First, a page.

Having spent time as an editor over at The Rose & Thorn e-Zine many years ago, I can appreciate the work editors put in to the stories they publish. And so now, on the other side of the writer/editor relationship I'm trying to be easy to work with. Spencer Hill Press sent back my "Esther" story with some edits, and I've already made them and sent the story back. Quick, easy, relatively painless. I agreed with about 99% of what they said and so am not putting up a fight. I want to be a writer editors enjoy working with, not a pain in the butt.
That said, this is really my first experience in making changes for an editor, and it was for a story of less than 7K words. Maybe things will be different if Bloodsisters gets picked up. I hope not...I am definitely open to critiques and suggestions, but will they be harder when I'm doing them for a much, much longer work than for a short story?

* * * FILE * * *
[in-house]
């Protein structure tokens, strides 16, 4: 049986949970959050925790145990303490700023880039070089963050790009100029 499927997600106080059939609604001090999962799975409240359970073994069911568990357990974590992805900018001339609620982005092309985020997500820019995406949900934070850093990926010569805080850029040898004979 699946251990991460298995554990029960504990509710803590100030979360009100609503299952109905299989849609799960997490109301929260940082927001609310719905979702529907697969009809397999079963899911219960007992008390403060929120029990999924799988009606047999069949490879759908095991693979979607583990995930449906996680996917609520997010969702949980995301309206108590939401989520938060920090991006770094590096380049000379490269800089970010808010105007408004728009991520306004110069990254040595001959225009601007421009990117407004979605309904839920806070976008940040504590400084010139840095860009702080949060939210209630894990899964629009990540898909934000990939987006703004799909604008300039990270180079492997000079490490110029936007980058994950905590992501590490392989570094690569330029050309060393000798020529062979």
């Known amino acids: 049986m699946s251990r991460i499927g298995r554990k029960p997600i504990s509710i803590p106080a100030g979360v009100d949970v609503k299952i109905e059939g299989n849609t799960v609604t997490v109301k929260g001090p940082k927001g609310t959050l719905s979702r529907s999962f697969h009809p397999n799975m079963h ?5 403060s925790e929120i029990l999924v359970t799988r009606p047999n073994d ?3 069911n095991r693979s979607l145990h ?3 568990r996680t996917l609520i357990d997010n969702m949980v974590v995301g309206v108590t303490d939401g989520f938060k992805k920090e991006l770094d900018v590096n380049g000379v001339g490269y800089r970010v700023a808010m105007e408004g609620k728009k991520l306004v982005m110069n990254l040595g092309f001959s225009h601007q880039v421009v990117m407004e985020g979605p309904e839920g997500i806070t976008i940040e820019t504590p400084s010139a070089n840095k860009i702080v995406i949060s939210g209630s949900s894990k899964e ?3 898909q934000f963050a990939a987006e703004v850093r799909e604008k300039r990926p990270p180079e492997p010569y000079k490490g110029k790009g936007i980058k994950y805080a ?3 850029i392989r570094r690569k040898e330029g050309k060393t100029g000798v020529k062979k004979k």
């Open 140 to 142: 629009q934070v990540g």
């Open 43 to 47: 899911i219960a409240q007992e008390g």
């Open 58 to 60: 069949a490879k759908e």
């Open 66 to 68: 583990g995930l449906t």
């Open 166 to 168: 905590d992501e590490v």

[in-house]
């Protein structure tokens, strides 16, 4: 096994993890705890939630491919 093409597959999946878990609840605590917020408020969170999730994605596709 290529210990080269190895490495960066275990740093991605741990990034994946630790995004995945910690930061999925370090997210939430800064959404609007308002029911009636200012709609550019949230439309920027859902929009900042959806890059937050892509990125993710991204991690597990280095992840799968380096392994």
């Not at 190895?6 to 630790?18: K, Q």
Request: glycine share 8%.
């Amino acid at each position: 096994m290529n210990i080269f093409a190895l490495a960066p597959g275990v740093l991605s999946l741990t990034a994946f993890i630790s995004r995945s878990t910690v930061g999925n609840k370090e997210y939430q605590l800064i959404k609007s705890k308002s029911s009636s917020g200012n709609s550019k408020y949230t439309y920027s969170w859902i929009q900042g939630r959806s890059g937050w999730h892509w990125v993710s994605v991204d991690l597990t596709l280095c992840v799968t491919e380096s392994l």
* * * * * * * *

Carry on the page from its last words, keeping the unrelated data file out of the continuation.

Once, while I was an editor, I got into a nasty, knock-down, drag-out fight with a writer over a single word in his story, a word I felt did not match the tone of the rest of the story. My managing editor finally had to step in. I hope I never become the kind of writer who drives an editor crazy over a single word.
I feel the same way in my parenting life right now. As a teenager I babysat a lot. And now I have kids and I'm the one interviewing and hiring babysitters. Being on the other side of any relationship is certainly eye-opening, and gives me an appreciation for what editors/babysitters go through.
And now, "The Esther" is back out to the nice folks at SHP. Time to return to early 20th century Japan and my novel.